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South Africa and SUPADRIFT

South Africa and SUPADRIFT

By Graeme Carstens, DODOlogic Contributor

It’s time for another installment of what drifting looks like in South Africa, or as I call it, SA’s SUPADRIFT series.

For those of you who are counting, this was the second last round which obviously means that the series is nearing completion and a champion will soon be crowned. Putting the drift series and points aside, this round of SUPADRIFT was extra special as Mad Mike Whiddett and his MADBUL rx8 3 rotor joined us in the South African sunlight.

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third-copyThe kiwi drifter visited Cape Town to film a video on the Franschoek Pass. For us South Africa folk, we have never really had a famous drifter like him sliding about. I must admit I wish he would have had a few drift battles against our top drivers as it would have been epic to see. You can check out Redbull’s full #ConquerTheCape video here.

rudi-rx7-copyBack to the event, I had never seen the pits as full as they were on the day of this event. There were over 50 cars, which is a huge number for us. I was really happy to see that these events are still growing. That being said, most people outside of our borders are probably pretty uninformed about the South African car scene.

sylvia-side-shot-copySouth Africa isn’t a country that is full of Japanese imports. So we never really had much of an import scene and only a handful of Supras, Skylines and RX7s found their way to South Africa. The import rules here are decently strict and only a limited amount of desirable cars were brought in by the manufacturers. Basic economics will tell you that low supply creates high demand and that keeps the prices of desirable cars pretty high.

vic-sideways-copyThat means most cars come from neighbouring countries. Some cars come from surrounding countries like Namibia, Zimbabwe, Mozambique. However, if I had to wager a bet, I’d say most of them come from Swaziland. Acquiring the car is one thing, but registering it is a another problem – in fact, it’s one hell of a process. It costs a lot and takes anywhere from two years to get a car registered for legal road use in South Africa. That’s probably why most of these cars end up on the racetrack as track cars.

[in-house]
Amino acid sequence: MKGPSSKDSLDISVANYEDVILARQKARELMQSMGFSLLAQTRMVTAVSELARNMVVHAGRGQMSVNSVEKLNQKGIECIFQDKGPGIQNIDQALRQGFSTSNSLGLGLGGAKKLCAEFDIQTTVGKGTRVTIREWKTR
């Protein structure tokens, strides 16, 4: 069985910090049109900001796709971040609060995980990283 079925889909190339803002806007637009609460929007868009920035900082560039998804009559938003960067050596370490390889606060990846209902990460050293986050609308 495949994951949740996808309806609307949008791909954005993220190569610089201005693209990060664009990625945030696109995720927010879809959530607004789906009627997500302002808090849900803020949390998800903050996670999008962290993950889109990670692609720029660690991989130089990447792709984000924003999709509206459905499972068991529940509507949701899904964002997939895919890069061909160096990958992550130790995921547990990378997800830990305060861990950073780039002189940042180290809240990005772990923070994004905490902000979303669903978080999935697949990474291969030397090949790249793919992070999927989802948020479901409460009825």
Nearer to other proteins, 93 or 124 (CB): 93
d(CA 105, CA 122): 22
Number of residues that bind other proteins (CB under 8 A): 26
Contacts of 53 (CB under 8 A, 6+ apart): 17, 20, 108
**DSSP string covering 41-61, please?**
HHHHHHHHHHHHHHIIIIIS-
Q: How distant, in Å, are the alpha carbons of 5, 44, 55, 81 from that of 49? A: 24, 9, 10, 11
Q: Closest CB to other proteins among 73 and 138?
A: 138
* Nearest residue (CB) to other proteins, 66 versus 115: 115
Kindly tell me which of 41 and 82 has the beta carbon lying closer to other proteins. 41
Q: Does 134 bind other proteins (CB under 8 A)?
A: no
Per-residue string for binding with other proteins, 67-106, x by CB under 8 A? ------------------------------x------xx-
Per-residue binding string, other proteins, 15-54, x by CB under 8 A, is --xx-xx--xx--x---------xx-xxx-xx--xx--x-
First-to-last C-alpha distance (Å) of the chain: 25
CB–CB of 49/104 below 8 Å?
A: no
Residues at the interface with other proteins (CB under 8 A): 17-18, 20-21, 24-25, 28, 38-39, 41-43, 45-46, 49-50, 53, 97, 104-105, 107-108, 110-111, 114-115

audi-r8-copyAudi R8s, on the other hand, are legal in South Africa. The nice thing about this SUPADRIFT event is that it brought out all different types of enthusiasts.

mclaren-copyIt was nice to see a few exotics trying their best to blend in with the drift crowd.

jeep-copyOccasionally you’ll find something super random like this jeep.

bike-wheelieIn-between drift sessions and lunch breaks, we had a few bikes and spinners to entertain the crowd with their skills.

spinners-copyThe drifting was quite fast as the track was part of the parking area for Carnival City Casino. But all in all the drivers had fun and the crowd loved every moment of it.

200sx-sidewaysFor those of you interested in the actual championship standings, it looks something like this: Shane Gutzeid is leading at the top of the list with 587 points, Jim Mcfarlane is second with 505, and Paolo Gouveia is in third spot with 460.

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warren-rx7-copyA pro level drift event isn’t really a drift event without a proper show and shine. This event had a host of rotaries out to support Mad Mike Whiddett and it would be neglectful for me to leave out a shot of this FD3S rx7.

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nicor32Overall it was a fun day and I would just like to thank Mike Skelton and all the organizers of the event for one cracking day. Next up from South Africa will be a VW club track day and the last round of SUPADRIFT.

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Til’ next time!

 

 

 

1 Comment

  • Such an awful representation of drifting here… Albeit fairly accurate – wish we had a larger grassroots scene!

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